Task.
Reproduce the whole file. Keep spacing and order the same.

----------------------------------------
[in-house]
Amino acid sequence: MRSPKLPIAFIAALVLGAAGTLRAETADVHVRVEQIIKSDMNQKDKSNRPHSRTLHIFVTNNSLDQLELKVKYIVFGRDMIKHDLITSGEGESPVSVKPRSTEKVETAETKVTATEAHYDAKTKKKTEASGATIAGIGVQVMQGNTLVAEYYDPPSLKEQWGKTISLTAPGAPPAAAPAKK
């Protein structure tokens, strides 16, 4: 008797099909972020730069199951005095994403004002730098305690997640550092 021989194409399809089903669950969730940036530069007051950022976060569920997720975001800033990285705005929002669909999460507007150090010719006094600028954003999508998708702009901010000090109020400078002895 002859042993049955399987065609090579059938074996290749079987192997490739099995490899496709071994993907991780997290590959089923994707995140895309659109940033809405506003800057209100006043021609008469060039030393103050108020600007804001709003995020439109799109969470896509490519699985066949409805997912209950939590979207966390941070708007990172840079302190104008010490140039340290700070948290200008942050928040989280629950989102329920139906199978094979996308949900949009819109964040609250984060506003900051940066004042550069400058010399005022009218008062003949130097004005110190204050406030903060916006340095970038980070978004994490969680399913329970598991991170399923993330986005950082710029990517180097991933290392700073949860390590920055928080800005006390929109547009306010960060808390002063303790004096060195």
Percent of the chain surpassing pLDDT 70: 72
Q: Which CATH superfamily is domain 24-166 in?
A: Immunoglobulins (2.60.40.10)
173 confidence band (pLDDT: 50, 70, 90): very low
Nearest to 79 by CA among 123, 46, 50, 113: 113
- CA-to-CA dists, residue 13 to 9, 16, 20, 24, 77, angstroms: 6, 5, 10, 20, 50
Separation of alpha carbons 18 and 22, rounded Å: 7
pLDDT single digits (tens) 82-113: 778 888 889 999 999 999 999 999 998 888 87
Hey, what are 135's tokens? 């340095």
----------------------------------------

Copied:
[in-house]
Amino acid sequence: MRSPKLPIAFIAALVLGAAGTLRAETADVHVRVEQIIKSDMNQKDKSNRPHSRTLHIFVTNNSLDQLELKVKYIVFGRDMIKHDLITSGEGESPVSVKPRSTEKVETAETKVTATEAHYDAKTKKKTEASGATIAGIGVQVMQGNTLVAEYYDPPSLKEQWGKTISLTAPGAPPAAAPAKK
């Protein structure tokens, strides 16, 4: 008797099909972020730069199951005095994403004002730098305690997640550092 021989194409399809089903669950969730940036530069007051950022976060569920997720975001800033990285705005929002669909999460507007150090010719006094600028954003999508998708702009901010000090109020400078002895 002859042993049955399987065609090579059938074996290749079987192997490739099995490899496709071994993907991780997290590959089923994707995140895309659109940033809405506003800057209100006043021609008469060039030393103050108020600007804001709003995020439109799109969470896509490519699985066949409805997912209950939590979207966390941070708007990172840079302190104008010490140039340290700070948290200008942050928040989280629950989102329920139906199978094979996308949900949009819109964040609250984060506003900051940066004042550069400058010399005022009218008062003949130097004005110190204050406030903060916006340095970038980070978004994490969680399913329970598991991170399923993330986005950082710029990517180097991933290392700073949860390590920055928080800005006390929109547009306010960060808390002063303790004096060195």
Percent of the chain surpassing pLDDT 70: 72
Q: Which CATH superfamily is domain 24-166 in?
A: Immunoglobulins (2.60.40.10)
173 confidence band (pLDDT: 50, 70, 90): very low
Nearest to 79 by CA among 123, 46, 50, 113: 113
- CA-to-CA dists, residue 13 to 9, 16, 20, 24, 77, angstroms: 6, 5, 10, 20, 50
Separation of alpha carbons 18 and 22, rounded Å: 7
pLDDT single digits (tens) 82-113: 778 888 889 999 999 999 999 999 998 888 87
Hey, what are 135's tokens? 């340095």